When the dough is of one consistency, roll into 12 balls and poke a hole in the middle of each one. Cover, and let rise for about 45 minutes, until almost doubled in size. Boil 1 about 1 gallon of water in a large pot, and boil the bagels 3 or 4 at a time for 7 minutes each, turning once. Let bagels dry and then bake on a greased cookie sheet at 350 degrees for 30 minutes.Enjoy with cream cheese.

I loved this recipe and was really impressed with the fact that I could actually make homemade bagels. And, they were much better than any bagel I could find in the store or bakery!

Friday, October 15, 2010

Cream and Sausage Pasta

D had a dinner party last week with some of his Italian friends. As would be the traditional thing to do, we made pasta, more specifically: pasta with a creamy sausage sauce. This is unlike the pasta dishes that we usually cook, because instead of including a fresh vegetable or two, this recipe is instead the "comfort food" of pasta. Simple and tasty as it sounds: pasta with a creamy sauce.

Cream and Sausage Pasta
1/2 pint heavy whipping cream for every 2 people
1 sausage for every 2 people
1 onion
olive oil
pasta noodles
parmesan cheese

Chop and saute the onion in olive oil for about 5 minutes. Peel the skin off the sausages and cook the sausage meat for about 10 minutes. Pour cream over sausage after it is cooked, add salt and black pepper to taste. Let the cream sauce cook on a low temperature for about 15 minutes, cook pasta, and serve warm with parmesan cheese.

Tuesday, October 12, 2010

The Best Vegetarian Chili

It's fall and the weather is getting cooler, meaning it's time for chili and also crockpot recipes! I always get excited about cooking something in my crockpot. It's so easy, and everything is prepared by the time I come home from work. This chili is the best I've ever had, and I hope you try it yourself at home-if there are just two of you, you will have leftovers for lunch for almost a week (but nobody will complain).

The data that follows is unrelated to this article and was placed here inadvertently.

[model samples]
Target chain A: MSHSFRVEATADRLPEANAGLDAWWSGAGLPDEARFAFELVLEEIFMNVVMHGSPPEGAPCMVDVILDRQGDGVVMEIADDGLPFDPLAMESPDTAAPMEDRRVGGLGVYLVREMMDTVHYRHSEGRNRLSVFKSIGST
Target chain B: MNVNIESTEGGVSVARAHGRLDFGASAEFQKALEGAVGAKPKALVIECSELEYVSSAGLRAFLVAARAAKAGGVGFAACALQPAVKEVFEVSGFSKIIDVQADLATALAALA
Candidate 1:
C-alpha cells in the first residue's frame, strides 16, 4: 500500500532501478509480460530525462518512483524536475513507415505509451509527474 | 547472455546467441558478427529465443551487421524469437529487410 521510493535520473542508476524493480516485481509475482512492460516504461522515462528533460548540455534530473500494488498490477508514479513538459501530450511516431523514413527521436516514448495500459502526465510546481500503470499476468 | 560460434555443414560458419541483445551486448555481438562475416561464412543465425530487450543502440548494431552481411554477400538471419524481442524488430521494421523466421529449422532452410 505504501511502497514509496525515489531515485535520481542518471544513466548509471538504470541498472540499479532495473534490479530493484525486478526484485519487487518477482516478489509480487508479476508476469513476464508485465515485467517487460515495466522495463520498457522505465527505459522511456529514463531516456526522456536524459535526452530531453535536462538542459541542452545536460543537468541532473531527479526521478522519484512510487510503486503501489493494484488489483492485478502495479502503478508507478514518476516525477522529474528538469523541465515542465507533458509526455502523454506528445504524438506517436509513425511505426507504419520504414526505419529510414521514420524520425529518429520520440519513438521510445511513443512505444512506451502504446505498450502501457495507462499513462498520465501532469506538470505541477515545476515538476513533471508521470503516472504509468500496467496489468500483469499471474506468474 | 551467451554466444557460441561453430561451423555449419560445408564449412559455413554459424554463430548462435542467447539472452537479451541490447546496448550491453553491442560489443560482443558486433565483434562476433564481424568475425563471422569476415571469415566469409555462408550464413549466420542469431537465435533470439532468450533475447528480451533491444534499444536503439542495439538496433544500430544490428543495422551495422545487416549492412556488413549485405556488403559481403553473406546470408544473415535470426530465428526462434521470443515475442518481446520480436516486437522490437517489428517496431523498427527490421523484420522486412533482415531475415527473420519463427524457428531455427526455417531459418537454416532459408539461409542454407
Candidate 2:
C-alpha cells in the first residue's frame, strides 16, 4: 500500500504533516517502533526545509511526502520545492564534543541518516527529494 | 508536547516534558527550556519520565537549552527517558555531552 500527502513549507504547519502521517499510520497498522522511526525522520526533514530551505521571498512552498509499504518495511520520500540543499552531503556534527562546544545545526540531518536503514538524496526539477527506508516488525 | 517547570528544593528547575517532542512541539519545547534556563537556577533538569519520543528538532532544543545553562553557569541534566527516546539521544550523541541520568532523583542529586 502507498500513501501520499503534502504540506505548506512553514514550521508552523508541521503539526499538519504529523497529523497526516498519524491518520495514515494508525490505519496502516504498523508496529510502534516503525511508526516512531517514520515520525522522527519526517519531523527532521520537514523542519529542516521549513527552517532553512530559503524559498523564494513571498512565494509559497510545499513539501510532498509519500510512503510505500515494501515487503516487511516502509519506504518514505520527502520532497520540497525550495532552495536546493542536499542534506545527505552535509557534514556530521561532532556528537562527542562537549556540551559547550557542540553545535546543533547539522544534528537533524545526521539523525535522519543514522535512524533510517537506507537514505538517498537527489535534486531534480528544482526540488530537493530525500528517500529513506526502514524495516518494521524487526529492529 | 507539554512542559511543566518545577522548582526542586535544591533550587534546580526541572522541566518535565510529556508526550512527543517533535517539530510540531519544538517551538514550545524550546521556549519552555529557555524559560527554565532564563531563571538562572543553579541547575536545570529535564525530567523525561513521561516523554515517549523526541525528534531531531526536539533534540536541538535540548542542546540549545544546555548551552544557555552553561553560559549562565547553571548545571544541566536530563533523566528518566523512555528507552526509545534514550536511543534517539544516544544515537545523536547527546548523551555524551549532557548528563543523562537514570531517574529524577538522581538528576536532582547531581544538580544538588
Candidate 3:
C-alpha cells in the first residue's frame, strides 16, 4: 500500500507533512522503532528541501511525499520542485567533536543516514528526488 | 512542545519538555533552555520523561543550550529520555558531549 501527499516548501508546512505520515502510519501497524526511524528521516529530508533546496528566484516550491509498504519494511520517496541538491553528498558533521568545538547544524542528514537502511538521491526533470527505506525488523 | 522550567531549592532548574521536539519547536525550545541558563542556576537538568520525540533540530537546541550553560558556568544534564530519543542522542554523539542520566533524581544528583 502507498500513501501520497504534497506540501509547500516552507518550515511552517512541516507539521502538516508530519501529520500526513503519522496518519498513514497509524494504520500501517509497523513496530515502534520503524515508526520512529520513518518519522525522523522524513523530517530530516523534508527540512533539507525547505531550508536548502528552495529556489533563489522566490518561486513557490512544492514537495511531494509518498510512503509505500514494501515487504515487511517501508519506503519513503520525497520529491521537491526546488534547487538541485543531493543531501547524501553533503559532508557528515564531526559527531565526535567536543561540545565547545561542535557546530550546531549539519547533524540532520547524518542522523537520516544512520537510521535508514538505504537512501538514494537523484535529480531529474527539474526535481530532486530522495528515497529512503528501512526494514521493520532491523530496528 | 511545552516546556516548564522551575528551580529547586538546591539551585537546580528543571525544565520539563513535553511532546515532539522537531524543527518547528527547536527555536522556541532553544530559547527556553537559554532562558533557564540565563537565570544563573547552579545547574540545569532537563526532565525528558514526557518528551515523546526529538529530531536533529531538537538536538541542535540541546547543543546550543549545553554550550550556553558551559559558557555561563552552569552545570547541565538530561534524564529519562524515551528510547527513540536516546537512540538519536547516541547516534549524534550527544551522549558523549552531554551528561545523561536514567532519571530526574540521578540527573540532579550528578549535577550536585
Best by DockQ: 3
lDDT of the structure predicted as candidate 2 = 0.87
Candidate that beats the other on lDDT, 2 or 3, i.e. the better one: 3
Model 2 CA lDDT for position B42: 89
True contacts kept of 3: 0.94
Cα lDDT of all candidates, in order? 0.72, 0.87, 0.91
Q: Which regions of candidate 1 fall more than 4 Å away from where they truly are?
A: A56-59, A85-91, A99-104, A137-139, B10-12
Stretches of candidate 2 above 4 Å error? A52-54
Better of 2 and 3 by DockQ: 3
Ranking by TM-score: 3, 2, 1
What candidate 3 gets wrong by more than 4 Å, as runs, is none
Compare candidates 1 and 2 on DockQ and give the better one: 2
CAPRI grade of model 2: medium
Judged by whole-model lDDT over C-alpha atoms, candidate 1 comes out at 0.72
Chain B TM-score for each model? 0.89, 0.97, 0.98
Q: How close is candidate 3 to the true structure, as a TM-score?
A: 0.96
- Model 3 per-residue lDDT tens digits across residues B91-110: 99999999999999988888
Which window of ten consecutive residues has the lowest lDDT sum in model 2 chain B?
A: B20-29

The Best Vegetarian Chili
olive oi1
2 medium onion, chopped
1 teaspoon ground cumin
2 tablespoons dried oregano
1 tablespoon salt
2 stalks celery, chopped
1 green bell pepper chopped
2 cloves garlic, chopped
1 (4 ounce) cans chopped green chile peppers, drained
2 (28 ounce) cans whole peeled tomatoes, crushed
1/4 cup chili powder
1 tablespoon ground black pepper
1 (15 ounce) can kidney beans, drained
1 (15 ounce) can garbanzo beans, drained
1 (15 ounce) can black beans
1 (15 ounce) can whole kernel corn

Mix all ingredients together, put in crockpot, and cook on low for 8 hours. Stir occasionally. Serve with abundant sour cream and grated cheese.

Tips:  Drain the tomatoes before adding them to the crockpot, but keep about 1/4 to 1/2 cup of the extra juice to add to the chili. Also, try to buy low sodium or no sodium beans. If this is not possible, rinse the beans with water to remove some of the extra salt.